The suggestion concerning deprivation of due process goes upon the assumption that the imposition is upon [274 U.S. 284, 289] gross receipts from interstate commerce, in reality upon property beyond the state's jurisdiction. As already pointed out, this assumption conflicts with the definite ruling of the highest court of the state.
The claim that equal protection of the laws has been denied rests upon the assertion, first, that an unlawful tax has been imposed upon the gross proceeds from sales regardless of their place and, second, that the exemption of $10,000 from gross income by section 2h creates undue inequality. The true meanof the statute and the thing actually taxed oppose the first assertion. We cannot say that the Legislature acted either arbitrarily or unreasonably by authorizing the deduction. Nothing indicates a purpose to extend different treatment to those of the same class; no actual unreasonable inequality has been shown. Plaintiff in error is permitted to deduct $10,000; the same privilege, and nothing more, is extended to all other producers. Lake Superior Mines v. Lord, 271 U.S. 577 , 46 S. Ct. 627; Swiss Oil Corporation v. Shanks, 273 U.S. 407 , 47 S. Ct. 393 (Feb. 21, 1927).
The CHIEF JUSTICE took no part in the consideration or decision of this cause.
[ Footnote 1 ] An act to provide for the raising of additional public revenue by a tax upon the privilege of engaging in certain occupations; to provide for the ascertainment, assessment and collection of such tax; to provide penalties for violations of the terms hereof; and to repeal certain statutes (passed by the Legislature of West Virginia June 5, 1925).
Sec. 2. That from and after the thirtieth day of June, one thousand nine hundred twenty-five, there is hereby levied and shall be collected annual privilege taxes against the persons, on account of the business activities, and in the amounts to be determined by the application of rates against values or gross income, as the case may be, as follows:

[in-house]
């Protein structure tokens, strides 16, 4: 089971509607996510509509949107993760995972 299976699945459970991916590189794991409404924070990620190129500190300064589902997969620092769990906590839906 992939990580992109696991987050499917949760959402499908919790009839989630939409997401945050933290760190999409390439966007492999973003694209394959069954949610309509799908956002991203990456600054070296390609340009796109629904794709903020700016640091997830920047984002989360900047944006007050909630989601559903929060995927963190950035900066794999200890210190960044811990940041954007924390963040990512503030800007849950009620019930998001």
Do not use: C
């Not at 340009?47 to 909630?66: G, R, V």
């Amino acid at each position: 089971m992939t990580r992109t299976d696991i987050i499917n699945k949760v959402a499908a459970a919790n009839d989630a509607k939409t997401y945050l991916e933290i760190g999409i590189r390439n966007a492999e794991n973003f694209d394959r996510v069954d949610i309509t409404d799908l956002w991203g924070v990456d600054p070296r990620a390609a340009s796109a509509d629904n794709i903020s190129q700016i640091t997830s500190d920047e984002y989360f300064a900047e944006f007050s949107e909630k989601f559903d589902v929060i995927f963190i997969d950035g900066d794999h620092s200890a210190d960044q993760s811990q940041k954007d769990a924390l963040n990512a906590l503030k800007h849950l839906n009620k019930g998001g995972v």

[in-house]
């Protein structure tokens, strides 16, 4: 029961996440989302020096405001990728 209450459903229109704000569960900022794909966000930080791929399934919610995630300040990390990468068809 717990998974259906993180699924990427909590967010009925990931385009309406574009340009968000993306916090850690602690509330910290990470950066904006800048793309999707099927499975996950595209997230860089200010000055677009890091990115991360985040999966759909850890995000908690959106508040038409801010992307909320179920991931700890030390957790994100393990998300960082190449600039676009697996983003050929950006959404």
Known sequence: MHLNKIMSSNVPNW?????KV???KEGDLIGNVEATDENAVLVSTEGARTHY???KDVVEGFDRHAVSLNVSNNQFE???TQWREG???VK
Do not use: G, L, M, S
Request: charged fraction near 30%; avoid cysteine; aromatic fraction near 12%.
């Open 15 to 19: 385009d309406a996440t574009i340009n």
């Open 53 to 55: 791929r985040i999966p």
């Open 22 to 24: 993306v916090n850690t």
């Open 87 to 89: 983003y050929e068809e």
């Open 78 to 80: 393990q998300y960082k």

Sec. 2a. Upon every person engaging or continuing within this state in the business of mining and producing for sale, profit, or use, any coal, oil, natural gas, limestone, sand or other mineral product, or felling and producing timber for sale, profit, or use, the amounts of such tax to be equal to the value of the articles produced as shown by the gross proceeds derived from the sale thereof by the producer (except as hereinafter provided), multiplied by the respective rates as follows: Coal, forty-two one-hundredths of one per cent.; oil, one per cent.; natural gas, one and seventeen-twentieths of one per cent.; limestone, sand or other mineral product, nine-twentieths of one per cent. ... The measure of this tax is the value of the entire production in this state, regardless of the place of sale or the fact that deliveries may be made to points outside the state.
Sec. 2h. In computing the amount of tax levied hereunder, however, for any year, there shall be deducted from the values, or from the gross income of the business, as the case may be, an exemption of ten thousand dollars of the amount of such values or gross income. Every person exercising any privilege taxable hereunder for any fractional part of a tax year shall be entitled to an exemption of that part of the sum of ten thousand dollars which bears the same proportion of the total sum that the period of time during which such person is engaged in such business bears to a whole year.